A further object of the present invention is to provide a flexible light weight and inexpensive shroud for protecting in-line electrical conductors against abrasion.
A still further object of the present invention is to provide an inexpensive disposable water tight shroud for various sized in-line electrical conductors.
A yet further object of the present invention is to provide a method for protecting in-line electrical connectors from creating a hazard.
These and other objects of the present invention will become apparent to those skilled in the art as the description thereof proceeds.
The present invention will be described with greater clarity and specificity with reference to the following drawings, in which:
FIG. 1 depicts a perspective view of the sheath;
FIG. 2 is an isometric view of the sheath wrapped about electrical connectors;
FIG. 3 is a representative cross sectional view of a sheath wrapped about electrical connectors;
FIG. 4 is a representative cross sectional view taken along lines 4--4, as shown is FIG. 1;
FIG. 5 is an isometric view of a shroud partially enveloping a closed sheath enclosing a pair of electrical connectors;
FIG. 6 is a representative cross sectional view of the shroud in the closed state, taken along lines 6--6, as shown in FIG. 5;
FIG. 7 is a cross sectional view taken along lines 7--7, as shown is FIG. 5; and
FIG. 8 is a cross sectional view of the shroud only and taken along lines 8--8, as shown in FIG. 7.
Extension cords are often used at construction sites for commercial purposes and by consumers to provide electrical power at a location distant from an electrical socket. Sometimes such cords must be used during inclement weather or in areas having water puddles or damp ground. The presence of water in and about each in-line electrical connector of an electrical extension cord presents an obvious safety hazard to both equipment and personnel.
Referring jointly to FIGS. 1, 2, 3 and 4, a sheath 10 will be described which effectively encapsulates and protects an in-line electrical connector against incursion of fluids and solid contaminants that may give rise to an electrical hazard. The sheath is formed of water tight or water impervious flexible material and serves as a shield to prevent fluid flow therethrough. Sheath 10 is cylindrical in the closed state and of a diameter sufficient to enclose the in-line electrical connector to be protected. A pair of straps 12, 14 are preferably secured to the sheath, by means of cords 16, 18, or the like. In particular, cords 16 or 18 could be configured in the form of an elastomeric band or segment; as described in greater detail herinafter, cord 16 and 18 serve to secure the end of sheath 10 tightly about the in-line electrical connector. Each of the straps preferably includes hook and loop fastening means 20, 22, respectively, which may be of the type sold under the trademark Velcro. Edges 30, 32 include margins 34, 36 stitched to one another by stitches 38, 40. The resulting double thickness provides strength and robustness to the edges of the sheath.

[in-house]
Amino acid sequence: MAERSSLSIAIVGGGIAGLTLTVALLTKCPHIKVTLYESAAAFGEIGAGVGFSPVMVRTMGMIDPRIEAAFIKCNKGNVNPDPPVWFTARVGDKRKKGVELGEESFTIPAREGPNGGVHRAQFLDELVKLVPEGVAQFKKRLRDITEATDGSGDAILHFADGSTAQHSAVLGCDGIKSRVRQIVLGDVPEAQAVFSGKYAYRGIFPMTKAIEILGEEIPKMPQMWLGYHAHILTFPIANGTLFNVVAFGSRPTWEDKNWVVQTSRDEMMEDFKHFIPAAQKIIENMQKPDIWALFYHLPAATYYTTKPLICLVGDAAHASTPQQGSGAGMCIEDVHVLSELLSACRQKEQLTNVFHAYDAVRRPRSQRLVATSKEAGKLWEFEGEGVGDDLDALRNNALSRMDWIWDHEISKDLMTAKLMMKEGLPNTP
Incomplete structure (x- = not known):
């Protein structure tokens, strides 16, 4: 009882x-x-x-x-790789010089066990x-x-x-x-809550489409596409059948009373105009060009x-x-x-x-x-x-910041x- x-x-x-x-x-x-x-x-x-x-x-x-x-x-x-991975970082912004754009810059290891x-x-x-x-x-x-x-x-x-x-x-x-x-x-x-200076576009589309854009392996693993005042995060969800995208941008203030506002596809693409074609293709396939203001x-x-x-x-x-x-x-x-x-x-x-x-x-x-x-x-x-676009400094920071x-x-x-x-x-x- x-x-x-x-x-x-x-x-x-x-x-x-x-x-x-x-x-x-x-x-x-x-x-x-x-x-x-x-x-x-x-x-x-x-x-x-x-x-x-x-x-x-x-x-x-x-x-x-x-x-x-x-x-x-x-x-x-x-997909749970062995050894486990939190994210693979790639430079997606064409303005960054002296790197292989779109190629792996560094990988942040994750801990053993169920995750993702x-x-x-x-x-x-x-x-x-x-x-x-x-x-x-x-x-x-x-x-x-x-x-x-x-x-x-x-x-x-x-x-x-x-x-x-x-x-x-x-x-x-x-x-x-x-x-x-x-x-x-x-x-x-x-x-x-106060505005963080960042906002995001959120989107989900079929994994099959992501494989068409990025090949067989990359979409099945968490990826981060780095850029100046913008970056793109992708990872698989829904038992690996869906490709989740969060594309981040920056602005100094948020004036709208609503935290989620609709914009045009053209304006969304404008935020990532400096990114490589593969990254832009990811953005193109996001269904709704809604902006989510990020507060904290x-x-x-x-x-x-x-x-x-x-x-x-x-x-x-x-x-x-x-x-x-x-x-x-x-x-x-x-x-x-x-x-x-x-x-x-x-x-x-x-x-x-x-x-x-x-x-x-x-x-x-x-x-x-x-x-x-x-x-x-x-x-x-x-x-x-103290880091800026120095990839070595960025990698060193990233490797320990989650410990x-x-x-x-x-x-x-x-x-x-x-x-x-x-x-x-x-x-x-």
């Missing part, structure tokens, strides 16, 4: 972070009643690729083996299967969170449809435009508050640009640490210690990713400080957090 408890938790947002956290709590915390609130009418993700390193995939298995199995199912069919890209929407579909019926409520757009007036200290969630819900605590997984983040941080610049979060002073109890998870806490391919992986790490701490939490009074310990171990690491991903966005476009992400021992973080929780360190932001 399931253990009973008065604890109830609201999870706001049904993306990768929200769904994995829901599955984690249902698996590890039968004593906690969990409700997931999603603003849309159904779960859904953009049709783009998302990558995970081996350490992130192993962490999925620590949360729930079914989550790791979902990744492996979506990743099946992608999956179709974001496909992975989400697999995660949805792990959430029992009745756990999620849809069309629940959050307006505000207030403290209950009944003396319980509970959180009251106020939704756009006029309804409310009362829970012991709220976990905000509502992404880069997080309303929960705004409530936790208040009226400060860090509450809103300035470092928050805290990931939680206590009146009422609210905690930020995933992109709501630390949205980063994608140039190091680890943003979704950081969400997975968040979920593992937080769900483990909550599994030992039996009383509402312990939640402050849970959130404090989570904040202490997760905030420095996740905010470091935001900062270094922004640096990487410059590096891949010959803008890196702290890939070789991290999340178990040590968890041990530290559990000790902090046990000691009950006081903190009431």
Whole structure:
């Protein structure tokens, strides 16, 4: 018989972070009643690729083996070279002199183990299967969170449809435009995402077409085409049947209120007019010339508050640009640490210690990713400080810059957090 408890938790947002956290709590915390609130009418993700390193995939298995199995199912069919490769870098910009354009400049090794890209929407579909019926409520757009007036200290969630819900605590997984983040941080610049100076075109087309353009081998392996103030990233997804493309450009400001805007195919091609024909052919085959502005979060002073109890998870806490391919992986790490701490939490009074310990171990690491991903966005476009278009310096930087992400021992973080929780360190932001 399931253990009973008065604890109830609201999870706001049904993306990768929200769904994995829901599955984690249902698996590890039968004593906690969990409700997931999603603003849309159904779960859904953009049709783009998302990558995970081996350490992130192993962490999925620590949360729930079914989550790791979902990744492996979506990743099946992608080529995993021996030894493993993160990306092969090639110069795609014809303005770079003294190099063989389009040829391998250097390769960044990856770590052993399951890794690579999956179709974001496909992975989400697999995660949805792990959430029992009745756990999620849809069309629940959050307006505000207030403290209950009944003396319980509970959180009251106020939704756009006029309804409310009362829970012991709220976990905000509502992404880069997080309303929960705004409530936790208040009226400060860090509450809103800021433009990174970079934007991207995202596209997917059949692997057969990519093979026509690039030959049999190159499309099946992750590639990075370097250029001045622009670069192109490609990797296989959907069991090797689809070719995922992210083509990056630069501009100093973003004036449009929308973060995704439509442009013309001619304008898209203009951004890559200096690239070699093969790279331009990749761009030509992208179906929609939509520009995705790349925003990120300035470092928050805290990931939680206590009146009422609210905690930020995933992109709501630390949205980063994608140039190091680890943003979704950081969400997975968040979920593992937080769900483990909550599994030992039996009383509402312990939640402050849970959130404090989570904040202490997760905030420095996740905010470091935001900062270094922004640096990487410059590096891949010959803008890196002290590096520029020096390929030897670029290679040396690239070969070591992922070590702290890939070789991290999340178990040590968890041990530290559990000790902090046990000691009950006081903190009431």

The end of cord 18 is disposed intermediate margins 34, 36 and is preferably stitched in place by stitches 38, 40. Cord 16 is similarly attached between the margins.
In operation, an electrical in-line connector 50 includes a conventional plug 52 mated with a socket 54. Electrical conductors 56, 58 extend in opposed directions from the in-line connector. Prior to mating the plug with the socket, sheath 10 is slipped onto one of the conductors. Thereafter the socket and plug are mated. The sheath is then translated along the in-line connector to position the in-line connector at the approximate midpoint of the sheath, as illustrated in FIGS. 2 and 3. End 42 is bunched or crimped about conductor 56 and cord 16 is wrapped thereabout, to secure the end tightly about the conductor. The cord is preferably is maintained wrapped by encircling it with strap 12 and engaging fastening means 20, 22 with one another. Similarly, end 44 is bunched or crimped about conductor 58 and cord 18 and strap 14 are wrapped thereabout to maintain the end tightly about the conductor. This strap is also maintained in place by engaging fastening means 20, 22 with one another.
To disconnect in-line connector 50, straps 12 and 14 are unfastened from about their respective ends and cords 16, 18 are unwound. Sheath 10 is slid onto one of the conductors to expose the in-line connector. Plug 54 may then be disengaged from socket 52. Sheath 10 may now be slid off the conductor and the respective plug/socket.
By forming sheath 10 of water resistant or water impervious material, in-line connector 50 is protected from the normally expected water hazards present outdoors. Moreover, it will also protect an in-line connector when used indoors in proximity to damp or water filled basements and other areas where water may be standing or sprayed. Because sheath 10 is preferably formed from a fabric-like material, it may be readily folded or crumpled into a small volume suitable for being carried in the pocket of a workman or within a very small space in the workman's tool chest. Thus, it can be readily carried to and from the work site. The construction of sheath 10 is relatively simple and inexpensive and the material necessary is readily available from many sources; a particularly preferred material comprises what is sometimes referred to as rip stop material or parachute cloth.